Things have been a little quiet on this blog, for which I apologize. Hopefully in the new year I’ll get to writing up a few posts that I’ve been thinking about.
In the meantime, a quick thought about Orgran Outback Animals Cookies. I picked these up at the local health food store. I noticed they were vegan, & also catered to folks trying to avoid common allergens (like gluten). They’re pretty yummy, I have to say.
My partner took a look at the box, which is emblazoned with various Australian animals given names (Kim Koala, etc. — not quite Suicide Food, I guess, given that these are vegan representations of animals…). Then he snorted & pointed out the big rock looming in the background:
Turns out this rock is called Uluru, & is Aboriginal sacred ground. Despite an expressed wish to the contrary by the Aboriginals living nearby, tourists continue to climb Uluru, & the rock remains, according to Wikipedia, a famous icon of Australia (I would probably think of koalas or the Sydney Opera House instead, but that’s just me).
So what does this have to do with vegan, gluten-free cookies? You got me. I find it disturbing that a spiritually important Aboriginal area would be used so casually to market something completely unrelated. It reminds me in a way of how bindis turned into mere fashion accessories for a certain group of people.
I want to take a more systematic look someday at how ethnicity is represented in food products, particularly ones marketed to a more mainstream/whiter audience: for example, not miso that you buy in Asian markets in Asian neighborhoods, but, say, Eden health food store miso. Trader Joe’s alone would provide fodder for a whole series of blog posts (I love TJ’s food, & that they have so many vegan-friendly products, but sometimes they make me shudder).
Anyway — happy holidays to anyone celebrating. May the usual vegan pitfalls be avoided. See you in 2008.
“I want to take a more systematic look someday at how ethnicity is represented in food products, particularly ones marketed to a more mainstream/whiter audience”
I think that’s an excellent idea and I’m interested to see what you come up with. Could be a great blog series!
I suspect a lot of health food store versions of food have been white/green-washed. Like, Silk soy milk is so completely mainstream that almost doesn’t feel like soy milk to me. I came to know of soymilk coming in one kind of container and real milk came in another, but silk changed that.
It’s great that foods are being marketed in a way that makes some people less fearful of trying new things, but it’s disappointing to see cultural symbols wiped away.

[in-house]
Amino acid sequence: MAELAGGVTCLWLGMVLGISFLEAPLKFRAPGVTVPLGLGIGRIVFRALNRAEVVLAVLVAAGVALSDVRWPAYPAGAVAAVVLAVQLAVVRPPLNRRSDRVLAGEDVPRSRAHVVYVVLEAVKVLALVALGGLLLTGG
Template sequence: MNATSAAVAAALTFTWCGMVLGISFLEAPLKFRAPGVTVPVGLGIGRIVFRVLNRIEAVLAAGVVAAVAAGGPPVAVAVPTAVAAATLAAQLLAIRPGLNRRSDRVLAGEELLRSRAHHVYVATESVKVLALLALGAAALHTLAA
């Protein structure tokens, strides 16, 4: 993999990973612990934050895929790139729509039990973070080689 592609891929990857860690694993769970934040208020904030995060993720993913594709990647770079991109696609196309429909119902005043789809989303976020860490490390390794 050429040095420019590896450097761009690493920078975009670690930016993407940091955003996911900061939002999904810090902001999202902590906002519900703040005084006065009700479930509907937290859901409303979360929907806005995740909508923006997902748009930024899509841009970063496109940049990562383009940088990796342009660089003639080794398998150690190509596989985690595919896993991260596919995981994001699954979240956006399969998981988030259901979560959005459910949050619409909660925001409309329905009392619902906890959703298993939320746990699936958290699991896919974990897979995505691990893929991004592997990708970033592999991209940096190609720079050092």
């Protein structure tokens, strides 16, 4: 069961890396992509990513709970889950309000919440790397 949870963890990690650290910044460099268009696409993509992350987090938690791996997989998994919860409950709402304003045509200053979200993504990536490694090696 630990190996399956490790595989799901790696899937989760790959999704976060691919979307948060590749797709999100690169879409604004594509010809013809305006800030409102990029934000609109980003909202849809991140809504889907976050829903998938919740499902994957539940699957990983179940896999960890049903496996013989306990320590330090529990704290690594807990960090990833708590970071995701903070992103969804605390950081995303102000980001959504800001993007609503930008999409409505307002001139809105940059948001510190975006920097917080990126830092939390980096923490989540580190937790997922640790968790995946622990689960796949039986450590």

Anyway, sounds like a good blog series if you decide to do it.
Thank you! If I were still in school, this would be the sort of thing I’d want to write a paper about, heh heh.
It’s funny, I didn’t even think of it so much from the angle of things being whitewashed — you raise a good point. I was thinking more along the lines of things being super-racialized/exotified for a white audience. Like I know some Trader Joe’s Asian stuff has labels that are written in the Chinese takeout font & are called, like, Trader Ming’s or something. And I’ve seen stuff like miso labels w/people wearing conical bamboo hats, etc. etc.
I’ll have to start taking some notes the next time I go to the grocery store. 🙂
Based on your comments thus far, I think my impression of Trader Joe’s is at least roughly in the same ballpark as yours. They have some good foods, to be sure, but there’s this vaguely uncomfortable feeling of the white European explorer bringing back goods from the oh-so-exotic natives.
YES! It drives me crazy to see stuff like that. One of the latest gluten-free offerings on the market is Kinnikinnick Foods. While I have no doubt that the company founders (as with Orgran’s) would claim that they are honoring the sacred origins of all humanity, blah dee blah, from here it reads like cultural excision. (Like, WHICH Native Americans smoked the bearberry? The Ute? The Cherokee? The Inuit?) Fundamentally – why name YOUR company after SOMEONE ELSE’S traditions? Why draw a cartoon of SOMEONE ELSE’s sacred site on YOUR box of product?
I’m a little too scattered at this moment to go into fully-articulated rant mode, but I just wanted to register a complaint.
Gary — I don’t know how the whole “Trader” in “Trader Joe’s” got by me, but yeah… definitely. I guess it goes along w/the Hawaiian-style shirts the employees have to wear.
Chaia — Whoa! I love how, in that link, they talk about how the name of a brand has to be unique & easy to remember & get people talking… like that is the most important justification for merrily dipping into another culture’s traditions.